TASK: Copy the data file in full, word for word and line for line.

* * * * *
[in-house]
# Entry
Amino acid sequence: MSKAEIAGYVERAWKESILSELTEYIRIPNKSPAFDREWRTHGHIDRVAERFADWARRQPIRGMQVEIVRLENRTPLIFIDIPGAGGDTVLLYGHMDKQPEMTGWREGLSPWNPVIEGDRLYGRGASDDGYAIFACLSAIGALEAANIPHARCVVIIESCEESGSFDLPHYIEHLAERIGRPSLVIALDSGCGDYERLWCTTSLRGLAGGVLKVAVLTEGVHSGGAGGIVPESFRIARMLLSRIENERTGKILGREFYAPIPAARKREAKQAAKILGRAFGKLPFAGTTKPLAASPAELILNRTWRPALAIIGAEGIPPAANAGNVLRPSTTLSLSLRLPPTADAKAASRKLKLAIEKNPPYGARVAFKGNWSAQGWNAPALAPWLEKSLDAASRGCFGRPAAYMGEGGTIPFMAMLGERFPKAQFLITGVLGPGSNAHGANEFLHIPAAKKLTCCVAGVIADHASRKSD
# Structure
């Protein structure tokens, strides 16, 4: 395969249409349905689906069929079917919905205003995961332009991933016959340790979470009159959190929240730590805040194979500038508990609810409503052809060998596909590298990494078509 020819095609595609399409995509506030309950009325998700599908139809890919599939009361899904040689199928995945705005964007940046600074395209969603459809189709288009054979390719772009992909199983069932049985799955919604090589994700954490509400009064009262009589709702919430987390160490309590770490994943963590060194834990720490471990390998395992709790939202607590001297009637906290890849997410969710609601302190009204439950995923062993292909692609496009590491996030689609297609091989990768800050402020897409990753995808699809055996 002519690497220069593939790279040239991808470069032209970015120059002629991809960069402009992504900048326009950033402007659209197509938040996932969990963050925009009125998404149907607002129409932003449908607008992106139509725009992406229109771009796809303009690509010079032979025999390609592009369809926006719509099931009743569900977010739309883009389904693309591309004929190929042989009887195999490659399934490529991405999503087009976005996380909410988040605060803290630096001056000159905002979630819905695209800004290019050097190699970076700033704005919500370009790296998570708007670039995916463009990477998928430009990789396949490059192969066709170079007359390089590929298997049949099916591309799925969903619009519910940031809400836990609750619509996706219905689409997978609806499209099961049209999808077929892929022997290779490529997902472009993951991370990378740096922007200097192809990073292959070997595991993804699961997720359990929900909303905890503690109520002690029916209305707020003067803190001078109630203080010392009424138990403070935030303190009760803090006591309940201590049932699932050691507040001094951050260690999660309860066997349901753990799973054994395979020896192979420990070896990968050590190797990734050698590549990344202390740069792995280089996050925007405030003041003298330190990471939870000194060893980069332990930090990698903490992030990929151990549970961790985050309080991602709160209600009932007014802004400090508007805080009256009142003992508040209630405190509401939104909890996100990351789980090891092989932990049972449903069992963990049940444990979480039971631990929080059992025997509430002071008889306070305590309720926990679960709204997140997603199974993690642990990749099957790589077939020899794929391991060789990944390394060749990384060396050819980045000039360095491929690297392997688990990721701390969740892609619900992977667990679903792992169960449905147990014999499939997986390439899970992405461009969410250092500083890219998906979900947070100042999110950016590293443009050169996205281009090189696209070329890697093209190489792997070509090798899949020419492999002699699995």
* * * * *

[in-house]
# Entry
Amino acid sequence: MSKAEIAGYVERAWKESILSELTEYIRIPNKSPAFDREWRTHGHIDRVAERFADWARRQPIRGMQVEIVRLENRTPLIFIDIPGAGGDTVLLYGHMDKQPEMTGWREGLSPWNPVIEGDRLYGRGASDDGYAIFACLSAIGALEAANIPHARCVVIIESCEESGSFDLPHYIEHLAERIGRPSLVIALDSGCGDYERLWCTTSLRGLAGGVLKVAVLTEGVHSGGAGGIVPESFRIARMLLSRIENERTGKILGREFYAPIPAARKREAKQAAKILGRAFGKLPFAGTTKPLAASPAELILNRTWRPALAIIGAEGIPPAANAGNVLRPSTTLSLSLRLPPTADAKAASRKLKLAIEKNPPYGARVAFKGNWSAQGWNAPALAPWLEKSLDAASRGCFGRPAAYMGEGGTIPFMAMLGERFPKAQFLITGVLGPGSNAHGANEFLHIPAAKKLTCCVAGVIADHASRKSD
# Structure
């Protein structure tokens, strides 16, 4: 395969249409349905689906069929079917919905205003995961332009991933016959340790979470009159959190929240730590805040194979500038508990609810409503052809060998596909590298990494078509 020819095609595609399409995509506030309950009325998700599908139809890919599939009361899904040689199928995945705005964007940046600074395209969603459809189709288009054979390719772009992909199983069932049985799955919604090589994700954490509400009064009262009589709702919430987390160490309590770490994943963590060194834990720490471990390998395992709790939202607590001297009637906290890849997410969710609601302190009204439950995923062993292909692609496009590491996030689609297609091989990768800050402020897409990753995808699809055996 002519690497220069593939790279040239991808470069032209970015120059002629991809960069402009992504900048326009950033402007659209197509938040996932969990963050925009009125998404149907607002129409932003449908607008992106139509725009992406229109771009796809303009690509010079032979025999390609592009369809926006719509099931009743569900977010739309883009389904693309591309004929190929042989009887195999490659399934490529991405999503087009976005996380909410988040605060803290630096001056000159905002979630819905695209800004290019050097190699970076700033704005919500370009790296998570708007670039995916463009990477998928430009990789396949490059192969066709170079007359390089590929298997049949099916591309799925969903619009519910940031809400836990609750619509996706219905689409997978609806499209099961049209999808077929892929022997290779490529997902472009993951991370990378740096922007200097192809990073292959070997595991993804699961997720359990929900909303905890503690109520002690029916209305707020003067803190001078109630203080010392009424138990403070935030303190009760803090006591309940201590049932699932050691507040001094951050260690999660309860066997349901753990799973054994395979020896192979420990070896990968050590190797990734050698590549990344202390740069792995280089996050925007405030003041003298330190990471939870000194060893980069332990930090990698903490992030990929151990549970961790985050309080991602709160209600009932007014802004400090508007805080009256009142003992508040209630405190509401939104909890996100990351789980090891092989932990049972449903069992963990049940444990979480039971631990929080059992025997509430002071008889306070305590309720926990679960709204997140997603199974993690642990990749099957790589077939020899794929391991060789990944390394060749990384060396050819980045000039360095491929690297392997688990990721701390969740892609619900992977667990679903792992169960449905147990014999499939997986390439899970992405461009969410250092500083890219998906979900947070100042999110950016590293443009050169996205281009090189696209070329890697093209190489792997070509090798899949020419492999002699699995």